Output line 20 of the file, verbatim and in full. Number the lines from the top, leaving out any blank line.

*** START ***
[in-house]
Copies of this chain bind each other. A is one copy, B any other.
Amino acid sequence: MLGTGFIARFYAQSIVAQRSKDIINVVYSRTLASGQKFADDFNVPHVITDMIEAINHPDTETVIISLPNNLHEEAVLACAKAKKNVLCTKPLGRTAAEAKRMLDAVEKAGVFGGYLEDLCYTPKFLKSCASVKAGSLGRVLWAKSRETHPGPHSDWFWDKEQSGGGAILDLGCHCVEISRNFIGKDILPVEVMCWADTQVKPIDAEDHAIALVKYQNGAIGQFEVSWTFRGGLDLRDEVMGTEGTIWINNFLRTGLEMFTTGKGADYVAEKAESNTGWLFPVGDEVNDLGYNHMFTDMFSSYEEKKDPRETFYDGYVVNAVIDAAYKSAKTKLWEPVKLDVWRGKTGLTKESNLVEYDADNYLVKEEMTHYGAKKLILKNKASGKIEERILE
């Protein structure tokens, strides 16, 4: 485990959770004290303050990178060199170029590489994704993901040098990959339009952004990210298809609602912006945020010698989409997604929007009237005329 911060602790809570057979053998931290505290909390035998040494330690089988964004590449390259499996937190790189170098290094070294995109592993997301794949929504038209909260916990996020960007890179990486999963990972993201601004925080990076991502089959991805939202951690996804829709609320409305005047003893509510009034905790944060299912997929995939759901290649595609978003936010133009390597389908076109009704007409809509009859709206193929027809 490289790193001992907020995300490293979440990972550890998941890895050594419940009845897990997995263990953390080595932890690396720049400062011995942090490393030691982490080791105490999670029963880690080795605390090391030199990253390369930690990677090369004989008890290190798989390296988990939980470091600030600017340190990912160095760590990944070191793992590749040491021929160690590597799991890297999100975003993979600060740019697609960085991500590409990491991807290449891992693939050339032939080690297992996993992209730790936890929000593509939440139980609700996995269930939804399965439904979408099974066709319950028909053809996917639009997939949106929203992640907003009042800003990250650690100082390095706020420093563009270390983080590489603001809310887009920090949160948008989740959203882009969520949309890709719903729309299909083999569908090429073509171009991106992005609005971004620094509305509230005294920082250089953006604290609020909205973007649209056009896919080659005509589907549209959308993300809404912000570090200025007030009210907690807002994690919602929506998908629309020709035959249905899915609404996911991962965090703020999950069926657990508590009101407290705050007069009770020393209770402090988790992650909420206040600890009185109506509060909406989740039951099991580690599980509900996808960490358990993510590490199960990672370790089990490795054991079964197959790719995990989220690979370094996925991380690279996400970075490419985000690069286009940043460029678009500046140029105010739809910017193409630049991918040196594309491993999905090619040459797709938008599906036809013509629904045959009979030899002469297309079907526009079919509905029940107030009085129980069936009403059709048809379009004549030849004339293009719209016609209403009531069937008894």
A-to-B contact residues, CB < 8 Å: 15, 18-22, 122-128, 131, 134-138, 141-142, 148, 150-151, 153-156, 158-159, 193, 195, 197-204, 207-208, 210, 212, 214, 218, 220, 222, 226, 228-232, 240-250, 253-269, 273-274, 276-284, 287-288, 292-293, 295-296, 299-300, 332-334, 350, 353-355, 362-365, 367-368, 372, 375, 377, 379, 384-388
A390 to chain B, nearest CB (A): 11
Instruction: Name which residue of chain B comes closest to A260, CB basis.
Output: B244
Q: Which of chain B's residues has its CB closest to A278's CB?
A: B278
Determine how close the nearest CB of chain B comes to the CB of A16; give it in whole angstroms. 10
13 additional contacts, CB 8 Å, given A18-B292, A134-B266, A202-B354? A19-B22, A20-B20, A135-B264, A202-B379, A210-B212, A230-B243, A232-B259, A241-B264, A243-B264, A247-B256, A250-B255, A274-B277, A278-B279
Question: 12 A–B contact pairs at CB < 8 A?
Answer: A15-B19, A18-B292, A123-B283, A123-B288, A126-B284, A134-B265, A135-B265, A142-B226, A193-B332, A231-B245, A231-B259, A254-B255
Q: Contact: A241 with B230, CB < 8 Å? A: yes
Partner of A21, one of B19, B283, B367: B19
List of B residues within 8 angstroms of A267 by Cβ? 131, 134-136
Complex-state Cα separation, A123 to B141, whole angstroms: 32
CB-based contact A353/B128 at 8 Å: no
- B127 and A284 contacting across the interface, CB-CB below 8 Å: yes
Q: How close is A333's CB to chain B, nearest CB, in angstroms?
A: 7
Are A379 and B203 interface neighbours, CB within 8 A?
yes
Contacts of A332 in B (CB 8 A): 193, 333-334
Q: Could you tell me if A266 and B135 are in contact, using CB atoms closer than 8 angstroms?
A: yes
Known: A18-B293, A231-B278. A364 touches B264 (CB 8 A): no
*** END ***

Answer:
- B127 and A284 contacting across the interface, CB-CB below 8 Å: yes